Has the Corporate Veil Been Lifted on Interim Costs Awards in Oppression Remedies?
Last month, the Court of
Appeal unanimously overturned the granting of an interim costs award against
the directors of a company in the context of an oppression remedy, in Trackcom Systems
International Inc. c. Trackcom Systems Inc.,
2014 QCCA 1136.
In the judgment, the Honorable Justice Clément Gascon analyzes the legislative
powers of the court under section 242 (4) of the Canada Business Corporations Act (CBCA), as well as the powers
recognized by the courts, most notably in the Supreme Court’s Okanagan ruling. These are the two ways
on which to base a costs order in the context of an oppression remedy.
81 of the judgment, Justice Gascon held that under section 242 (4) of the CBCA,
it is not possible to order the payment of interim costs against shareholders
or individual directors of a corporation:
wording of that subsection is clear. Parliament has enacted a provision for
interim costs that includes legal fees and disbursements stating that it could
be obtained from either the corporation or its subsidiary. Neither the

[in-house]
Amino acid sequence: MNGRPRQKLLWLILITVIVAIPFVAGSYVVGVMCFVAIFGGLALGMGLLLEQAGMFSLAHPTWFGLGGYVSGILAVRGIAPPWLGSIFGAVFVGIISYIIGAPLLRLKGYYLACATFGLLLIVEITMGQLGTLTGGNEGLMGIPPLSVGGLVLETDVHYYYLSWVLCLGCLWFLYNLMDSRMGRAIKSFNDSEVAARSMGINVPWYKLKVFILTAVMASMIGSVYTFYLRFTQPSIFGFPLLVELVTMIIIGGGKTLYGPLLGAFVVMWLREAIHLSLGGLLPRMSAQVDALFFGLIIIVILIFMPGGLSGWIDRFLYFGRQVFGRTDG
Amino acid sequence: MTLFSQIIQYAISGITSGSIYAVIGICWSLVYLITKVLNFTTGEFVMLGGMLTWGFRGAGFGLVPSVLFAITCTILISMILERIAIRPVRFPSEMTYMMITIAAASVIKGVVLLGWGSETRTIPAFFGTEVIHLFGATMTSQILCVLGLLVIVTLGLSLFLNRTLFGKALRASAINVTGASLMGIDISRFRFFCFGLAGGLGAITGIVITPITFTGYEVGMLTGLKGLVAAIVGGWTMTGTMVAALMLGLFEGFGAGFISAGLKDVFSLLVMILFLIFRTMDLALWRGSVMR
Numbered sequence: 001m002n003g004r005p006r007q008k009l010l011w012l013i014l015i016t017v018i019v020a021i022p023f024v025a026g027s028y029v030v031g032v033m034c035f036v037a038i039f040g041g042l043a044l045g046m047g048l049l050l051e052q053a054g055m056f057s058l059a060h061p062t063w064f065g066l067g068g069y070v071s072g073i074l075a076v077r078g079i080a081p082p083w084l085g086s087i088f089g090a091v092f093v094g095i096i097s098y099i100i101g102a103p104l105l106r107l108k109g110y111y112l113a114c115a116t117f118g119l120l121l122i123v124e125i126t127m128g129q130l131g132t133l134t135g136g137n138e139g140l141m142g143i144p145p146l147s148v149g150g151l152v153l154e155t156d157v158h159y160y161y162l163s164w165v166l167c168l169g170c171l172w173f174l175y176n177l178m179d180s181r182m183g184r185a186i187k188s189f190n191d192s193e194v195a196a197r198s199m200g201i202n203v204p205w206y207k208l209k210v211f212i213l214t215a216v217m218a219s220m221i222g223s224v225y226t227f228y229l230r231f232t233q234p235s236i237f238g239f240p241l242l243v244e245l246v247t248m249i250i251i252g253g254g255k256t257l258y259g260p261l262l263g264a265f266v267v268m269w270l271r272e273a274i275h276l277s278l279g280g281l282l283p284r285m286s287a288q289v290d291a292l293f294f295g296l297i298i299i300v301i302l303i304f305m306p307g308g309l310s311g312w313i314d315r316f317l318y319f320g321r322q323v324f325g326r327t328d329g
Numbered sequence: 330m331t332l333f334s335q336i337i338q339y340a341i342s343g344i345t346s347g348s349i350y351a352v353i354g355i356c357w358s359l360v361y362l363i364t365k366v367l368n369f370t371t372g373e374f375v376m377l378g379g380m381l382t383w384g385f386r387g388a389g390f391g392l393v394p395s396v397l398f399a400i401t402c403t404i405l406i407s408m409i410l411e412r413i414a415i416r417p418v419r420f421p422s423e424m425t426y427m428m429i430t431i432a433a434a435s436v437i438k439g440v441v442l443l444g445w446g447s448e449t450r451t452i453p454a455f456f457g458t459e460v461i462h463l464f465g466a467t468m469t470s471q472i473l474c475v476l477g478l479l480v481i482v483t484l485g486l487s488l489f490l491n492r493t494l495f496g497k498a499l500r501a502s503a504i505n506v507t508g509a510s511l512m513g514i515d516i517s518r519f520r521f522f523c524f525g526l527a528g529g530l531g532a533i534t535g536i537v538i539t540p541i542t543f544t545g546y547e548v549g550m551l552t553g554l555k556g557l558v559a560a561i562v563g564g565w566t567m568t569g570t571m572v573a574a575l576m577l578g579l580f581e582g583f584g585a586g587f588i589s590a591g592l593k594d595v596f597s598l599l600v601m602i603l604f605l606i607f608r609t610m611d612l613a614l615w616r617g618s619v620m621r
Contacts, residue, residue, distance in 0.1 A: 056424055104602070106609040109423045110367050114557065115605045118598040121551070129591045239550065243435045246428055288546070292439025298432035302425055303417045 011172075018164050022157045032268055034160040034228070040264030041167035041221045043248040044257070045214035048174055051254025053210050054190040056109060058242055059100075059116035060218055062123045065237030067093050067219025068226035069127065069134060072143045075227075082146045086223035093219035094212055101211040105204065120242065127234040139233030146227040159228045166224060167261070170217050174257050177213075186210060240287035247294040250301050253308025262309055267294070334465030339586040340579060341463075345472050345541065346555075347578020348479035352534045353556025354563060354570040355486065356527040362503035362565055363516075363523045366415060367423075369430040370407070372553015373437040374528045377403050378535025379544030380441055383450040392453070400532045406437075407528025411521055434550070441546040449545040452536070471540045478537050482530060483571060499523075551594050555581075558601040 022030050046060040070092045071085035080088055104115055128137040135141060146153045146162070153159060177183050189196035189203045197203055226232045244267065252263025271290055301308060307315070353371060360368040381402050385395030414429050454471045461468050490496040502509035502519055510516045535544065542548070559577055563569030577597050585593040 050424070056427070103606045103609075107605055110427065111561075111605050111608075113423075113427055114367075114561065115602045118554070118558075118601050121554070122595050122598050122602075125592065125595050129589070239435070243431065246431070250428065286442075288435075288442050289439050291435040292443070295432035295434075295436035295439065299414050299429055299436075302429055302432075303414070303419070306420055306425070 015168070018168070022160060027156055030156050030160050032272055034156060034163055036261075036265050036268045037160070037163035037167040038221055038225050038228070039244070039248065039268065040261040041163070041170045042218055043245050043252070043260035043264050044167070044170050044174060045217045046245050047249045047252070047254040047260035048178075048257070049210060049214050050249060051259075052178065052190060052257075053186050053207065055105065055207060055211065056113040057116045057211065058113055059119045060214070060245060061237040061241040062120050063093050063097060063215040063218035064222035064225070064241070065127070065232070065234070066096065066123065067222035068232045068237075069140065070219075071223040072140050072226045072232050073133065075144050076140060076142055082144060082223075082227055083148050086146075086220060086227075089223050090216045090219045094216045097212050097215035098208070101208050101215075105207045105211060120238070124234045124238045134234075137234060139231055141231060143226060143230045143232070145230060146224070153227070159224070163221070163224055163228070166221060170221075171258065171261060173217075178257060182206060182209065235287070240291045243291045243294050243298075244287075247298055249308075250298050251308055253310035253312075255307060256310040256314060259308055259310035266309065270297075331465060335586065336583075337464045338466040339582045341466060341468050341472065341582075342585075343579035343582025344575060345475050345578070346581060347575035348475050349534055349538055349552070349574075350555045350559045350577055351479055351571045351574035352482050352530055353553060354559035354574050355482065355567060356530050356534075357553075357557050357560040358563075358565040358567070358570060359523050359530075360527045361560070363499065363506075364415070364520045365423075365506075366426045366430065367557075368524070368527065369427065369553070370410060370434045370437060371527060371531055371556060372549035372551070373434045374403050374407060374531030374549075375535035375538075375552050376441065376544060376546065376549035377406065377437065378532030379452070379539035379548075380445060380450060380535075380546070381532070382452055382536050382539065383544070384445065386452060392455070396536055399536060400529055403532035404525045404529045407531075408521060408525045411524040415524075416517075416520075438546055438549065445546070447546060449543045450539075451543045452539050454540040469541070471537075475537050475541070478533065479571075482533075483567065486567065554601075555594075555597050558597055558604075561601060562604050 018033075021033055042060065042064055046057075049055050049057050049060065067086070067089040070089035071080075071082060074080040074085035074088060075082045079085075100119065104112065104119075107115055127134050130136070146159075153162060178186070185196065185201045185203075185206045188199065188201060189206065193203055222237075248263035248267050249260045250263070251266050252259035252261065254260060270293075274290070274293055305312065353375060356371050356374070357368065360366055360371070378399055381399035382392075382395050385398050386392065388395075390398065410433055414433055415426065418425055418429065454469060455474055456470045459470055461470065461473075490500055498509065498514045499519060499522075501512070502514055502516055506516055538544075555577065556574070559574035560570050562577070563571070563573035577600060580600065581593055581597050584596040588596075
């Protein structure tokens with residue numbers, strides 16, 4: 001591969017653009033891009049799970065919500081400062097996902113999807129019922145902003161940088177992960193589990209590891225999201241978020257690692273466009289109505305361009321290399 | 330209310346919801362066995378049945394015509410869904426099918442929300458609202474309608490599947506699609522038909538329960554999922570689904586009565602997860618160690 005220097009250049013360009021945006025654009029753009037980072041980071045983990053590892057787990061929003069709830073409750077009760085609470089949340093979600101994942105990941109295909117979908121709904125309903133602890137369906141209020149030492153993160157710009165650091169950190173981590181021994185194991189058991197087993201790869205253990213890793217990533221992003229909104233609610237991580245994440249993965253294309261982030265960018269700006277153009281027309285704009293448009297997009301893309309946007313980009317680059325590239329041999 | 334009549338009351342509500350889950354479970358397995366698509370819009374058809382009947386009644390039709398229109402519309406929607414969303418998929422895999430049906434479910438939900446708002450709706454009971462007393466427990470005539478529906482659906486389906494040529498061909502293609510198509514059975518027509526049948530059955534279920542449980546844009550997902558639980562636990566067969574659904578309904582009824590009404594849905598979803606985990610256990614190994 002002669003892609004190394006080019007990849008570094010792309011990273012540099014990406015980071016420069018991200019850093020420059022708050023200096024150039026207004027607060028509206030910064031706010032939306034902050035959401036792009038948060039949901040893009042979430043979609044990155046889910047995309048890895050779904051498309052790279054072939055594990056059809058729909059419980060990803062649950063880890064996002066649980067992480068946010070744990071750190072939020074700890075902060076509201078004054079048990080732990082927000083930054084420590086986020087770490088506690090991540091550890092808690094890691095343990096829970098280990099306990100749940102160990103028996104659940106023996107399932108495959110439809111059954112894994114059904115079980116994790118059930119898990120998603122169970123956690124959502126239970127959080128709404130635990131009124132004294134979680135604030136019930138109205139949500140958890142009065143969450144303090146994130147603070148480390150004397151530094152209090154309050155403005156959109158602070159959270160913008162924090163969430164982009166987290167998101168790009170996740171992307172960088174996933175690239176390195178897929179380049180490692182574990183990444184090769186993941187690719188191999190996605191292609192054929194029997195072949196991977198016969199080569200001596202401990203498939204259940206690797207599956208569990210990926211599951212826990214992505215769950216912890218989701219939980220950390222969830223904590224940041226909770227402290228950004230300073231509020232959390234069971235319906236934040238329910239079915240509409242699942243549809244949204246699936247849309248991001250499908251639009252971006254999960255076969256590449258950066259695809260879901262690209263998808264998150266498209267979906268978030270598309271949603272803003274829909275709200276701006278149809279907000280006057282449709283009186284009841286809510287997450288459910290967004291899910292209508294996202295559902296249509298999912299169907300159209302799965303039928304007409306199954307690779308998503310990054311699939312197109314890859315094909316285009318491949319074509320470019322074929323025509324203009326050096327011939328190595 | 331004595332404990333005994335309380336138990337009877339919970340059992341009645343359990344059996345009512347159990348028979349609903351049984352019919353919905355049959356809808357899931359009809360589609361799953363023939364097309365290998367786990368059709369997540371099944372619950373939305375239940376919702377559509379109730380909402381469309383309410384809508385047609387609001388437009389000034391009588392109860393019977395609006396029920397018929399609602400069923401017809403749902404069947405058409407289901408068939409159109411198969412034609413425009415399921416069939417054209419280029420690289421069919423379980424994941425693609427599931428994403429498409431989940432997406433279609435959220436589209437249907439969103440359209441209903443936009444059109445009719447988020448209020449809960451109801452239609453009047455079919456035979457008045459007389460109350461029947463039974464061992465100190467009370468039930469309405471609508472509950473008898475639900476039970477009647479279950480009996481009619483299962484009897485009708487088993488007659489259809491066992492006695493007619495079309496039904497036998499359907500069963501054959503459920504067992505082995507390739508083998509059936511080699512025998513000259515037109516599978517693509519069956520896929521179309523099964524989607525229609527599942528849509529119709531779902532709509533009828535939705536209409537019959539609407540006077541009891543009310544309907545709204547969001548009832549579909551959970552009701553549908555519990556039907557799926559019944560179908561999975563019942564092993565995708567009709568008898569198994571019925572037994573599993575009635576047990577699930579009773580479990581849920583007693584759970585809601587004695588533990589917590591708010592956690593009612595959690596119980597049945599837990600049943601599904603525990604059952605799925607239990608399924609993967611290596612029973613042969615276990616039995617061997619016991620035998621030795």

shareholders nor the directors are listed in that provision. The two Superior
Court judgments on which the judge relied, Mondor and Ain &
Zakuta, were not interim orders for
costs, but rather judgments on the adjudication of costs on the merits of
sanction against shareholders and directors is thus still available on the
general powers of the Superior Court – as elaborated under the Okanagan principles – it is possible to
obtain an interim costs award against shareholders and directors in the context
of an oppression remedy, provided, of course, that all the requirements are met
(as set out in para. 89).
A costs order
is always discretionary, and whether stemming from the CBCA or the Okanagan principles, hinges on the impecuniosity
requirement, which is where the appellants on this motion succeeded:
«  As appears from these
judgments, whether under subsection 242(4) CBCA or the general powers of
a superior court as recognized by the case law in particular in Okanagan
and Hétu, a condition precedent to the awarding of interim costs was the
necessity for the respondents to prove their financial difficulties and their
state of impecuniosity. Even if that burden rested upon them as the parties
seeking the interim costs, the evidence they offered in this respect was
fragmentary at best. »
is also important to note that under section 242 (4) CBCA, an additional
requirement may be considered: the fact that the financial difficulty arose out
of the alleged oppressive action (para. 88).
judgment can be read here.